Our shared economic future only promises more austerity. Wages and incomes will continue to stagnate. The economy will be still dependent on private debt to fuel asset bubbles and ever more household debt will be needed to sustain meagre economic growth. With the economy in the doldrums and Brexit looming on the horizon, we face entrenched economic malaise or another severe financial crisis. When growth is forecast over the medium term, it is always revised downward. To put it simply, no one is predicting that the UK’s economic future will get any better.
Making another future possible: we need an alternative policy agenda
In the face of peril, we cannot lapse into fatalism. We need to break out of the perpetual loop of anti-austerity, which points to the real failures of the austerity policy agenda without clarity on viable alternatives. The Progressive Economy Forum (PEF) seeks to dispel the myths and lies of austerity economics and replace that pernicious ideology with a progressive macroeconomic vision and narrative that makes another future possible.
The aim is to develop a 21st century Keynesian policy platform, that will end today’s austerity just as Keynes’s ideas in practice helped end the Great Depression and usher in a generation of economic stability and prosperity. In his pioneering work, The General Theory of Employment Interest and Money (page 383), Keynes famously wrote:
“Practical [people] who believe themselves to be quite exempt from any intellectual influence, are usually the slaves of some defunct economist. Madmen in authority, who hear voices in the air, are distilling their frenzy from some academic scribbler of a few years back.”
Today, the global economy is gripped by these same “madmen in authority” that bring us austerity. The current “voices in the air” come from economists who are very much alive and whose scribbling continues unabashedly. In response, we must begin mapping out a new direction, to forge a different path that leads to a better future.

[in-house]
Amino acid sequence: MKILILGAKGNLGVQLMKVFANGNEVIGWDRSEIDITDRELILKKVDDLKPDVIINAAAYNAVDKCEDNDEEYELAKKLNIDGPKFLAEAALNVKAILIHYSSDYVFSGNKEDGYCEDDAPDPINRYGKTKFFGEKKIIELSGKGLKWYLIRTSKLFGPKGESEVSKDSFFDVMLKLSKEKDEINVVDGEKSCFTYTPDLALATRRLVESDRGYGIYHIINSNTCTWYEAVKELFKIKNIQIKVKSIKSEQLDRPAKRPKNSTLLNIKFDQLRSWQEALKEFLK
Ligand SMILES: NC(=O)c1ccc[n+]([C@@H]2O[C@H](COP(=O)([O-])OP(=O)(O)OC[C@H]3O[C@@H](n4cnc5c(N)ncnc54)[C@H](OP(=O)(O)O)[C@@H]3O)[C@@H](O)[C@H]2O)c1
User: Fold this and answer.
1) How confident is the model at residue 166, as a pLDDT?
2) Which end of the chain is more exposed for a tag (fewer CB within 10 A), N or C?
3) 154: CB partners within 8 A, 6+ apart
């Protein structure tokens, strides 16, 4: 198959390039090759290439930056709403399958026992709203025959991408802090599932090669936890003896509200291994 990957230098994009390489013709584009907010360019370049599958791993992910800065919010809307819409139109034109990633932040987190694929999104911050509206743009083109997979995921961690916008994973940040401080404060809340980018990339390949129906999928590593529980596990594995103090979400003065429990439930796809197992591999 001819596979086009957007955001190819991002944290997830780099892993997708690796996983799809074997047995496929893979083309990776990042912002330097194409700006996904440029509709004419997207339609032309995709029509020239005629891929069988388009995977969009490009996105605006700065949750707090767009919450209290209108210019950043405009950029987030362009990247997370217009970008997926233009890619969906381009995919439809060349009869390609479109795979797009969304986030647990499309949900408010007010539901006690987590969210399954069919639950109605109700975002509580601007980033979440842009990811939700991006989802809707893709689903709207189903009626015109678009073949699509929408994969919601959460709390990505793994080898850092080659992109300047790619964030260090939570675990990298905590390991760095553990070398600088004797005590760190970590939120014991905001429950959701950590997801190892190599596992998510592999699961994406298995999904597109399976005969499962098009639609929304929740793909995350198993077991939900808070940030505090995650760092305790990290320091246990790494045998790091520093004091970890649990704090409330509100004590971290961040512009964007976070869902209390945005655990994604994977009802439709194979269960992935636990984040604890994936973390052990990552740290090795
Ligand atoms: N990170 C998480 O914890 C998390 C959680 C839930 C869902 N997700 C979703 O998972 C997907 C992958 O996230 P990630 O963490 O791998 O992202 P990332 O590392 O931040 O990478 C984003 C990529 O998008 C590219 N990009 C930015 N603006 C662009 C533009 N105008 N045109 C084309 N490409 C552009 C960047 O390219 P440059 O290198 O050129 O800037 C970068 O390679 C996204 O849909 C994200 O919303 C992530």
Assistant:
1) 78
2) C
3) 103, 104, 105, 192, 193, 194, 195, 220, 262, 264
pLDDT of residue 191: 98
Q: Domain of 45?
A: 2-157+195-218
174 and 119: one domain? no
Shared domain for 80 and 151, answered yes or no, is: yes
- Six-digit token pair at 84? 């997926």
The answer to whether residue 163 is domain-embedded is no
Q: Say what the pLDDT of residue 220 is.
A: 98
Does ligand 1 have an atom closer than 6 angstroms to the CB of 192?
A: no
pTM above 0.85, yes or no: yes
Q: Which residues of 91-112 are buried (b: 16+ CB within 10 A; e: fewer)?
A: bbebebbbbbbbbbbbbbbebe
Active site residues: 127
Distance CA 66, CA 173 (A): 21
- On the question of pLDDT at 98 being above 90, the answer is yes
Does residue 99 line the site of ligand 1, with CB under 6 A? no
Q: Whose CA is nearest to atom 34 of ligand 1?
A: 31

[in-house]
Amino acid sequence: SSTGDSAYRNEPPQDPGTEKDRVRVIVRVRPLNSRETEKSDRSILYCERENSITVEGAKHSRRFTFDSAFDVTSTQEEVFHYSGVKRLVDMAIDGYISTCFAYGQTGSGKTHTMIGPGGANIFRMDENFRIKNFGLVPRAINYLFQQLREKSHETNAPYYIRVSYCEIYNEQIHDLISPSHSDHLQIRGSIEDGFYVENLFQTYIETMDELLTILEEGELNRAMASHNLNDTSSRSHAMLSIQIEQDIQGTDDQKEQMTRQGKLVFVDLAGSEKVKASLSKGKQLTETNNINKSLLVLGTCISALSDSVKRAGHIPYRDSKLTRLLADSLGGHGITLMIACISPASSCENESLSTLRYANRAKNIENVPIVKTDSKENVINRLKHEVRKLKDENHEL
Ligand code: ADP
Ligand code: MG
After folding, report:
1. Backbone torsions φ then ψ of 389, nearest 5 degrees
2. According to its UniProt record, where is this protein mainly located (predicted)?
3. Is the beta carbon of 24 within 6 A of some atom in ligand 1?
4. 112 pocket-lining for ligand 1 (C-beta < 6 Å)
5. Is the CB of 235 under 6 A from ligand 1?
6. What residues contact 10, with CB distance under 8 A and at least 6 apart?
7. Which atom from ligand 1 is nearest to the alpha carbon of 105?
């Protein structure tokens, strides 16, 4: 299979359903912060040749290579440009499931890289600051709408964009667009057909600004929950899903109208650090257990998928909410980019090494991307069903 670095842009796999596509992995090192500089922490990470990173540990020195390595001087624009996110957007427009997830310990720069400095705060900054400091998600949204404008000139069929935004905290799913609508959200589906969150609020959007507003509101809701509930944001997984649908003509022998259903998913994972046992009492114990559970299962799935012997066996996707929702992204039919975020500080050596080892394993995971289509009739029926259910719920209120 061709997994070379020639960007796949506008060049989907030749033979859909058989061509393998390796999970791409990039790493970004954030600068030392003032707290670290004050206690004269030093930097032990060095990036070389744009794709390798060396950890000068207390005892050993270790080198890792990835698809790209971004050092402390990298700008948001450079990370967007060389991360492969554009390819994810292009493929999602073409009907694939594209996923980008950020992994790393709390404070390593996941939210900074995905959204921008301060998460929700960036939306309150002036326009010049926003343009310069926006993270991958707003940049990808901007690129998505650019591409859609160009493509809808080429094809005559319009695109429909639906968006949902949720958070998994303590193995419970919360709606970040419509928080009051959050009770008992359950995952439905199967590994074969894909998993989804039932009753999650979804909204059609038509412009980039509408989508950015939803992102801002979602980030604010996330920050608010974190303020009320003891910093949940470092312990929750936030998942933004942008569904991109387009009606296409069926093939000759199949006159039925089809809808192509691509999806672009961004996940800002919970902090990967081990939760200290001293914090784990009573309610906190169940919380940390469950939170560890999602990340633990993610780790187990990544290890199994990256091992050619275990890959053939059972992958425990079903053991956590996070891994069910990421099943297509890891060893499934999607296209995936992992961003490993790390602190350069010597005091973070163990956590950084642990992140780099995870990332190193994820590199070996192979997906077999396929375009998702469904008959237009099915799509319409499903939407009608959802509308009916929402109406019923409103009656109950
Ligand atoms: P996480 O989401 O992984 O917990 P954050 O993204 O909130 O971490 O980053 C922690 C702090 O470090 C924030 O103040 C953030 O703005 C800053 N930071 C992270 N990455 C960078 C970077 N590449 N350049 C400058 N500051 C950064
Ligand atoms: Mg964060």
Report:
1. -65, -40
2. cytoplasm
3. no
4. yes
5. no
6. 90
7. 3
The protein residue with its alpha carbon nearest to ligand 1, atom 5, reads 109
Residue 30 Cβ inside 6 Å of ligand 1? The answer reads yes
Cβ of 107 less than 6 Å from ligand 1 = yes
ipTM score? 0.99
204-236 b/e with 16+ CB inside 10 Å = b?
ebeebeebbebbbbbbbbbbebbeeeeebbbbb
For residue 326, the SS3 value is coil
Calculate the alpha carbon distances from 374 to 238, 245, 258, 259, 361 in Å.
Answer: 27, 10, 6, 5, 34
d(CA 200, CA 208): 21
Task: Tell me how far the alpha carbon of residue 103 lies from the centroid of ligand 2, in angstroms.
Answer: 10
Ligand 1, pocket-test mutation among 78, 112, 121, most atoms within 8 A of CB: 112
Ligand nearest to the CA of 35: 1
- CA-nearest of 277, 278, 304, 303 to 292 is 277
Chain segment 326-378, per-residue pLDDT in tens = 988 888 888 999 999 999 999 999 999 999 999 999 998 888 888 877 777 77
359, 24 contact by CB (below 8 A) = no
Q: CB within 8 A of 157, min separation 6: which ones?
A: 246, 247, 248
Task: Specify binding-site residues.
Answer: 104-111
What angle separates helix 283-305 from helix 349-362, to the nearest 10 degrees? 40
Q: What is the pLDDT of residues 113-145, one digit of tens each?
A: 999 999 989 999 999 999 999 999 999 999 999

100 policies to end austerity: a call for interventions
The goal of PEF is to build a policy platform that will end austerity in a way that embraces the progressive values of equality, dynamism and sustainability. In line with openDemocracy’s New Thinking for the British Economy agenda, our aim is to cultivate a rich garden of new ideas, policies and plans to end austerity by forging a new path. Our bold plan is to curate 100 Policies to End Austerity as a starting point for a better future. We will bring together contributions from economists and policy experts that articulate clear proposals for a progressive, sustainable and equitable British economy for the 21st century. This is the start of an interactive conversation, not a definitive policy platform, about a vision of a better future.
In practice this means debating the key ideas that inform public policy, like monetary, fiscal and taxation policy needed to end austerity. In addition, it requires addressing the problems created by austerity. For example, creating an investment bank, green jobs, affordable housing, a fully-funded NHS and education system, compassionate care for an ageing population, a secure social security system, better local authority services and regional development. The list of ways to end the harm caused by austerity goes on. The challenge for progressives is to create a policy agenda that can foster a better future for everyone.